I don’t know what your two year old was doing at 6 in the morning, but mine was insisting that she go out and feed the “aminals”.
So out we went.
I really enjoy having the quiet early morning barn time to myself but I really want to continue to encourage the kids to work with the animals and like doing chores. I expect them to help around the farm, they start with easy chores- feeding the dogs, putting silverware on the table and such. They are encouraged to come with to collect eggs and be around when we feed the large animals. There is very little coaxing needed when it comes to the animals. It’s usually harder to keep them out of the pen than anything else.
What a weekend on the farm! Our duck eggs that I had marked on the calendar to start hatching on Saturday, started Friday morning. It was quite exciting. We all happened to be home and huddled around the incubator peering into the little windows watching with great anticipation of the shell bursting open and our first duck falling out.
Through the night Lucky (the duck) pecked his way around the top of the shell. Mike noticed the cracks and some movement early Friday morning and from then on, “duckling watch” had begun. Everyone checking in any time we happened to walk by… so all the time. It wasn’t too long and the Little Boy was on the bench with his nose to the glass watching and the top of the shell popped off and a tiny duck head peeked out. There looked like a bit of a struggled for a few seconds to which our little guy, who was quite concerned exclaimed “Help him!” “We can’t buddy. He needs to get out of his shell by himself.” That was not the answer he was looking for but kept watching anyway. With a little more effort Lucky was out! Barely standing and very wobbly we had our first egg hatch.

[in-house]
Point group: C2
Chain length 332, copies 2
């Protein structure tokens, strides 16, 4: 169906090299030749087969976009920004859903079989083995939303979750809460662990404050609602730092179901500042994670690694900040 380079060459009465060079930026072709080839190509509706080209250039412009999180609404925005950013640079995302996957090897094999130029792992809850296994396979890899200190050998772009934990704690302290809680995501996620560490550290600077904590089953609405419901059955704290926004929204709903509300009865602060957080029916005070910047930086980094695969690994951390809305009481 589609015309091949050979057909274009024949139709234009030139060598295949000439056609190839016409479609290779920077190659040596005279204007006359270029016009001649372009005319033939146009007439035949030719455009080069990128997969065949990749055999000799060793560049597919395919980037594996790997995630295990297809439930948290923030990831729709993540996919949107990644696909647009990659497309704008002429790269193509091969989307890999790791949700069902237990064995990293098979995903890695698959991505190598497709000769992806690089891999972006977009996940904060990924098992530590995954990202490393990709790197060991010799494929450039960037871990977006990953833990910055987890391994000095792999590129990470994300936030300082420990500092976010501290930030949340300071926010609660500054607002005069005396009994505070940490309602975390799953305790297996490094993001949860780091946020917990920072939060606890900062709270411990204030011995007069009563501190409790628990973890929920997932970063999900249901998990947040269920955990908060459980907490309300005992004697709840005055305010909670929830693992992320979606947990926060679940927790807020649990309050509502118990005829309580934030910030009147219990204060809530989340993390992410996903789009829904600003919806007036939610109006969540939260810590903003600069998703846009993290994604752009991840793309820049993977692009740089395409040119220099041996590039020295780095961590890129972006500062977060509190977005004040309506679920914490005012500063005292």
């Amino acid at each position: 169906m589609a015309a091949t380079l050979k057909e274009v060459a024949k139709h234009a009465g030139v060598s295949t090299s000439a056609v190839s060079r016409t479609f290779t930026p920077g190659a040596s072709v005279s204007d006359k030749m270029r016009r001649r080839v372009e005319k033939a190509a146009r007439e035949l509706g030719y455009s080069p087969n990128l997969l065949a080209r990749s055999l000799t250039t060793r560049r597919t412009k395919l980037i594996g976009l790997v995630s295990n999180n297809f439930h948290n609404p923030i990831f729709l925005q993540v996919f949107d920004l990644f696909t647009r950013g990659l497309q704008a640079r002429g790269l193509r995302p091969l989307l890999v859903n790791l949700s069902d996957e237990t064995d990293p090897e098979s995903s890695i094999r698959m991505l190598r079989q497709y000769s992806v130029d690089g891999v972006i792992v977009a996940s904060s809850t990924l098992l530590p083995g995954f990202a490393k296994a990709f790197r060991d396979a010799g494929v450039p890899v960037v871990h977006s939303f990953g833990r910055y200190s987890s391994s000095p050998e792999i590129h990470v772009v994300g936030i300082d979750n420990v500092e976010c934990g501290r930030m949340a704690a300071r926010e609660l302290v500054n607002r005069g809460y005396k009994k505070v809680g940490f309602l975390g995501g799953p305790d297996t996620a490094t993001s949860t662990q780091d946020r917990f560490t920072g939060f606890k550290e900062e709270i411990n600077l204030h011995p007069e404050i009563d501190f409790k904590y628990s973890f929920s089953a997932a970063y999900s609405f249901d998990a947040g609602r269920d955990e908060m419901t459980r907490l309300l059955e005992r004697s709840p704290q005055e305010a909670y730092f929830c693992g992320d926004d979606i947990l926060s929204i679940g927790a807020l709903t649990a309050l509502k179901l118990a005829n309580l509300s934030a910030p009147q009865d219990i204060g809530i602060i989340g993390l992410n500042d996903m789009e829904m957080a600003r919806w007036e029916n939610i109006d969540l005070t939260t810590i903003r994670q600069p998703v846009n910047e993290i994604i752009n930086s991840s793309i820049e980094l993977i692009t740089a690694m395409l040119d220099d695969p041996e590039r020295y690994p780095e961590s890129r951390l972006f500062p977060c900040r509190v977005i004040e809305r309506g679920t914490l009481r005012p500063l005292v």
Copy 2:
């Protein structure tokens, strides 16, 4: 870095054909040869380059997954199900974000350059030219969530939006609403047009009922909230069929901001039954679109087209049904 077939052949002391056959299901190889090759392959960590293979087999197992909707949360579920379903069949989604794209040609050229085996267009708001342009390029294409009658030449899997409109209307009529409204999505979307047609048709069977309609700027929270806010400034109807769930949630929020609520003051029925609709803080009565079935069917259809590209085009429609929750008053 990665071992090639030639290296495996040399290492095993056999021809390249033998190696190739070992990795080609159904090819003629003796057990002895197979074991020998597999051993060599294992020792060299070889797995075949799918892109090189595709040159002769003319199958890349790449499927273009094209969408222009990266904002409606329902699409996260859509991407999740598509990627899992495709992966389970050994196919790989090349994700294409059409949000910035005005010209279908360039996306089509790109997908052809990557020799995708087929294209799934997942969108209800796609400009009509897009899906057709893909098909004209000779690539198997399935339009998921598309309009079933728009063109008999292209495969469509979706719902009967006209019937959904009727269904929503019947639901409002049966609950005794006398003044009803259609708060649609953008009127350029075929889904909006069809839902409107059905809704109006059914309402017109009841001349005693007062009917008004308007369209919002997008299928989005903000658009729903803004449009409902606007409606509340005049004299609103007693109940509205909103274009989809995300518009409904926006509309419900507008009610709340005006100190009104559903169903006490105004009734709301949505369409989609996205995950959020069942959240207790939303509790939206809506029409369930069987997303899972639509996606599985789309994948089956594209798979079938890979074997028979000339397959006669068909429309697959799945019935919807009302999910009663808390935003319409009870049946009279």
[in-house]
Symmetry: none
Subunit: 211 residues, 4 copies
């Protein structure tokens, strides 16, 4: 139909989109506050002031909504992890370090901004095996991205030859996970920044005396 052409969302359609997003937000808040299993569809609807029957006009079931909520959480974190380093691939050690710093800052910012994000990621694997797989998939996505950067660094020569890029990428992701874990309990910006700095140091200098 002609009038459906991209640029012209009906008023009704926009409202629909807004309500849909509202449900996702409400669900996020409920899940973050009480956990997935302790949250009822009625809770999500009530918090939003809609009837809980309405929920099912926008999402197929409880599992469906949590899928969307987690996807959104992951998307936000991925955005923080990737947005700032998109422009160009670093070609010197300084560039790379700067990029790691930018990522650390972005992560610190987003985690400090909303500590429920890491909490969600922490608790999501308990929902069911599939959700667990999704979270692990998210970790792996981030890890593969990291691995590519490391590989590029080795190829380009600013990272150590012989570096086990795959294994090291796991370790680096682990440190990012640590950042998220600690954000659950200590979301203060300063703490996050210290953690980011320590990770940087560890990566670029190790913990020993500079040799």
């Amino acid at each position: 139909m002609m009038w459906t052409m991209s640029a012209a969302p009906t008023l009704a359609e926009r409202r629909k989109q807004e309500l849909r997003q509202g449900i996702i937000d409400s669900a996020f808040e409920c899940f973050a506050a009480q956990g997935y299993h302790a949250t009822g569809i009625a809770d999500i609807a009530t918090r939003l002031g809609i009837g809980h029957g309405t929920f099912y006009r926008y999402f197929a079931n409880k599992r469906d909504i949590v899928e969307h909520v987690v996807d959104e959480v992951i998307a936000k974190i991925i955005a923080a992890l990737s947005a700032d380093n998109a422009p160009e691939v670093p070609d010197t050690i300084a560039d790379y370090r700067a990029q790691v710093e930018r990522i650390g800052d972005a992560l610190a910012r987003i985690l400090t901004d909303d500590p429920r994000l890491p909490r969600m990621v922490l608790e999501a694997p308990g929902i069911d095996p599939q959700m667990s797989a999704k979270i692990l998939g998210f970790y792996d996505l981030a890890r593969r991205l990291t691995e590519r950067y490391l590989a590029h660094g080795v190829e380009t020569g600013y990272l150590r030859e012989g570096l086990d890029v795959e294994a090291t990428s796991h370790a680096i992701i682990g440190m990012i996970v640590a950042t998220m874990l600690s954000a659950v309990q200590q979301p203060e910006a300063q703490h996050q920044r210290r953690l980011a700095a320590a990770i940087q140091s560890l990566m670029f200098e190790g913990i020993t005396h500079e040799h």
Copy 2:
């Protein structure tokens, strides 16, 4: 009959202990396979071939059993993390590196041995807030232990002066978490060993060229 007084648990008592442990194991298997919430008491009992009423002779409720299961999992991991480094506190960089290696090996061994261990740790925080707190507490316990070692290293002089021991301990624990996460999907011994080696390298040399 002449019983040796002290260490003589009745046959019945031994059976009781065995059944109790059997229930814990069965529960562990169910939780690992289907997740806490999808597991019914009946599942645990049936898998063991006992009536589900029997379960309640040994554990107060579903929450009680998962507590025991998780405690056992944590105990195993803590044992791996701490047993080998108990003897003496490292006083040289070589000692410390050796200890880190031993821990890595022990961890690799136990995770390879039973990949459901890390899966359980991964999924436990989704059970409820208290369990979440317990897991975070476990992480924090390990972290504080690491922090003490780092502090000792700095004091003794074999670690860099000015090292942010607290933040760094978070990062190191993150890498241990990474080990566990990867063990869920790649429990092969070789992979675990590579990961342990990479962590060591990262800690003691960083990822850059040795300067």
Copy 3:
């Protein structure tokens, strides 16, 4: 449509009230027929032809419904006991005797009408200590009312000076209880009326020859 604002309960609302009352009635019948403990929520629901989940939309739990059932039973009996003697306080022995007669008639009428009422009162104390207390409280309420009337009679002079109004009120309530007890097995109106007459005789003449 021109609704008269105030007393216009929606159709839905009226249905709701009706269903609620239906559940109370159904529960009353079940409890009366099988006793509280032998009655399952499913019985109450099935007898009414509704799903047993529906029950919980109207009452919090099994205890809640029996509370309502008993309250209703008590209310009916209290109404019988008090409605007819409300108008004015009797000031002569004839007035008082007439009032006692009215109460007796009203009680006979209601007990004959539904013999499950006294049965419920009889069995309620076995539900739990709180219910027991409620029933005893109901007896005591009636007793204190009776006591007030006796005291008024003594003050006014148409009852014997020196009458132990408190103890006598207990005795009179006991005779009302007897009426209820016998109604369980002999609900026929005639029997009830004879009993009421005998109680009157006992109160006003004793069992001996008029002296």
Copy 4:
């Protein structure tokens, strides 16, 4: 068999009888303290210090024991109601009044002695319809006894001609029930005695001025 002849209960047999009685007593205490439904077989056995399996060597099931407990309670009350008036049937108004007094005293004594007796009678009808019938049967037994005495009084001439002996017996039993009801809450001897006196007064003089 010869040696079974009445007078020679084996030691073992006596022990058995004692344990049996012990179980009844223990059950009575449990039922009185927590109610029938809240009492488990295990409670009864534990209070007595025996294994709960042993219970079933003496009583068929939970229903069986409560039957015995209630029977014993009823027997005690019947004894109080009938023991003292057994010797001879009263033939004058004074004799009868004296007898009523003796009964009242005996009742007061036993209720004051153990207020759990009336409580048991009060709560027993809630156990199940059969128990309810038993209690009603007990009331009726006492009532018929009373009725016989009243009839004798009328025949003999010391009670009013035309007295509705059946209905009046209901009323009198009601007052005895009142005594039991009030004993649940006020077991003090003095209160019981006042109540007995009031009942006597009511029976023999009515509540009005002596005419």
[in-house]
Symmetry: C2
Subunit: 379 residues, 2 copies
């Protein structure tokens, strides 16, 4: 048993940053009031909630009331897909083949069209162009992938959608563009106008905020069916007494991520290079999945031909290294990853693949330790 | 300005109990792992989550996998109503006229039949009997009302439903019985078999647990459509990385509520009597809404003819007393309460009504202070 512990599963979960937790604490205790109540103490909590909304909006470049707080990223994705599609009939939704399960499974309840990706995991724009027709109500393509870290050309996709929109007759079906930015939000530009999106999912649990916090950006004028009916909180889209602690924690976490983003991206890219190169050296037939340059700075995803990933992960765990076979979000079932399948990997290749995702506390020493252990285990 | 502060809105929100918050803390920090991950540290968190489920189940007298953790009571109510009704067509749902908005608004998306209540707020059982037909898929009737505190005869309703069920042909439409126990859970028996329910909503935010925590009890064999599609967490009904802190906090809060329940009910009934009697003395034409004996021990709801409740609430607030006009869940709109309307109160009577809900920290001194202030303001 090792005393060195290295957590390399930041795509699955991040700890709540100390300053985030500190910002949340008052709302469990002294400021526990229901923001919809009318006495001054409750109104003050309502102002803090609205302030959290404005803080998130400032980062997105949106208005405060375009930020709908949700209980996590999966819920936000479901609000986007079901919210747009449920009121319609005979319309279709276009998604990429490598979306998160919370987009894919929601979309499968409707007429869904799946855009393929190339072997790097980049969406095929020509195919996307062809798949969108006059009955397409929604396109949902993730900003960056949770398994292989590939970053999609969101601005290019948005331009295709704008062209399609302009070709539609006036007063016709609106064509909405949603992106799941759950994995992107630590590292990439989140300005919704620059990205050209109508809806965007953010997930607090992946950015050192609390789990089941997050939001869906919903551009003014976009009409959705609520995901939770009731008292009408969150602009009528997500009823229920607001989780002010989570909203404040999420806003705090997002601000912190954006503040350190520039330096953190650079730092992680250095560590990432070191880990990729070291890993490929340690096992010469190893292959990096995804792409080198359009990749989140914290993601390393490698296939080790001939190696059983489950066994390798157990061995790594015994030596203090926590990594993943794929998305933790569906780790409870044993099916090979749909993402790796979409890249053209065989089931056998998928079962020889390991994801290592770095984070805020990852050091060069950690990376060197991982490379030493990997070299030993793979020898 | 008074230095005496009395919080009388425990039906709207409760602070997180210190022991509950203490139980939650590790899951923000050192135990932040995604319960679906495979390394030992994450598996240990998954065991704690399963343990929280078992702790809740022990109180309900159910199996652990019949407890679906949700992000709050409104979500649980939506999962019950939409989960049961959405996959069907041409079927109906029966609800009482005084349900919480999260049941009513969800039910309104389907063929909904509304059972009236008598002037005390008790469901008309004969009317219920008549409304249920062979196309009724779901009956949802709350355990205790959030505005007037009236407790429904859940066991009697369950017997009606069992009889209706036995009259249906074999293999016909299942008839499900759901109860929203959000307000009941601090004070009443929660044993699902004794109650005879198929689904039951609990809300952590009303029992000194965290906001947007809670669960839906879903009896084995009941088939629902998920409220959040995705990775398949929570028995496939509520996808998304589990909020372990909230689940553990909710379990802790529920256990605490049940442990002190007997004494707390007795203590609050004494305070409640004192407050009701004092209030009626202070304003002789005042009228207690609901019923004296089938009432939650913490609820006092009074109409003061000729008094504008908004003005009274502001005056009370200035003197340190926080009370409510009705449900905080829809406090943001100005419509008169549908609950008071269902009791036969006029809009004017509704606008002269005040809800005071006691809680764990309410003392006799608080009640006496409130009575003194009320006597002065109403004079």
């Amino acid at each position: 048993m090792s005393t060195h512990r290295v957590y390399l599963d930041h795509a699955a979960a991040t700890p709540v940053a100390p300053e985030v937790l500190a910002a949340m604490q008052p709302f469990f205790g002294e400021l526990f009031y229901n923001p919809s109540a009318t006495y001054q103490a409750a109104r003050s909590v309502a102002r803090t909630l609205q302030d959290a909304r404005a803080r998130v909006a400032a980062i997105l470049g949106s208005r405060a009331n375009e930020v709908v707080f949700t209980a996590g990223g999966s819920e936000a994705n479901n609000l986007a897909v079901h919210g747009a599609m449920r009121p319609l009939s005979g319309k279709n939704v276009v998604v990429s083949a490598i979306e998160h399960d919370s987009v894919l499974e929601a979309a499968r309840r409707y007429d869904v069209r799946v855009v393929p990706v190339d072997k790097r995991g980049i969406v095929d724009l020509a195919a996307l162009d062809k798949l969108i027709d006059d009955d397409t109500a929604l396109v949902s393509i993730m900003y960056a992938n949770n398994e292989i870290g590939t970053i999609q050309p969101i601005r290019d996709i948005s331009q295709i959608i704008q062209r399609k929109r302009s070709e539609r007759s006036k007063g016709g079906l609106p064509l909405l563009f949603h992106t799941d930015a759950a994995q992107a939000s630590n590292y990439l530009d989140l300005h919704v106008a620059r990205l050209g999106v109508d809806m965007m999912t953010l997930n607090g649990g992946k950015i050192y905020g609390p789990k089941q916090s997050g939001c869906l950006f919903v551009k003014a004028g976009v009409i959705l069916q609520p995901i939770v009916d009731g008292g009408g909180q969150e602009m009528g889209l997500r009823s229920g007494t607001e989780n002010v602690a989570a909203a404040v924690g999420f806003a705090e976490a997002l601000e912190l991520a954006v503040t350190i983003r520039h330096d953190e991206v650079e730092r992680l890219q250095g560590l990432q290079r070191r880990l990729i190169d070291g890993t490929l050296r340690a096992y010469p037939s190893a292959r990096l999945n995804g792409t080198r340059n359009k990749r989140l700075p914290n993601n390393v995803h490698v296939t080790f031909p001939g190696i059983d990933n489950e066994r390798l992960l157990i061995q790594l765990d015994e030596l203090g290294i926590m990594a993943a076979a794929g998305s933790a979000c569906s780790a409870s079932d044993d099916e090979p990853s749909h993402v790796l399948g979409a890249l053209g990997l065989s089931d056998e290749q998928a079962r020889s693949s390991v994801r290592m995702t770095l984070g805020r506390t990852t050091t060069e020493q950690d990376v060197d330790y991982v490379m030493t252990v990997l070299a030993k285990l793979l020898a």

Did you know ducklings can live for a couple days without food or water?! That’s how they can be shipped without provisions. I did not know this. It was after a text to a friend who know everything there is to know about poultry that I learned this. You are not supposed to remove the bird from the incubator until everyone that should hatch did. It is very important to keep it humid in there or the babies can get stuck in their shell. Lucky came out that evening regardless. Our house is so dry we needed to add water anyway. So one added water while the other grabbed the duck.
The next morning Tallulah broke out of her shell. Just as the day before, she was greeted with great anticipation and excitement… in fact we were all a little late for where we needed to be because of it. Three more emerged on Sunday morning while we were at church, for a total of three blue and two fawn Runner Ducks. I am holding out hope that at least one chocolate one will hatch; I was really hoping for that color, but we will see I guess.
There are six eggs left to go. One was chirping and moving so hopefully we will see that one soon. That would bring us to our fifty percent hatch rate, which is what I was hoping for. We will give the rest a couple more days and see what happens. If none of the chocolates hatch this year, maybe we will try again next year.
UPDATE: A chocolate one hatched during the night! We have two fawn and two chocolate left to possibly hatch!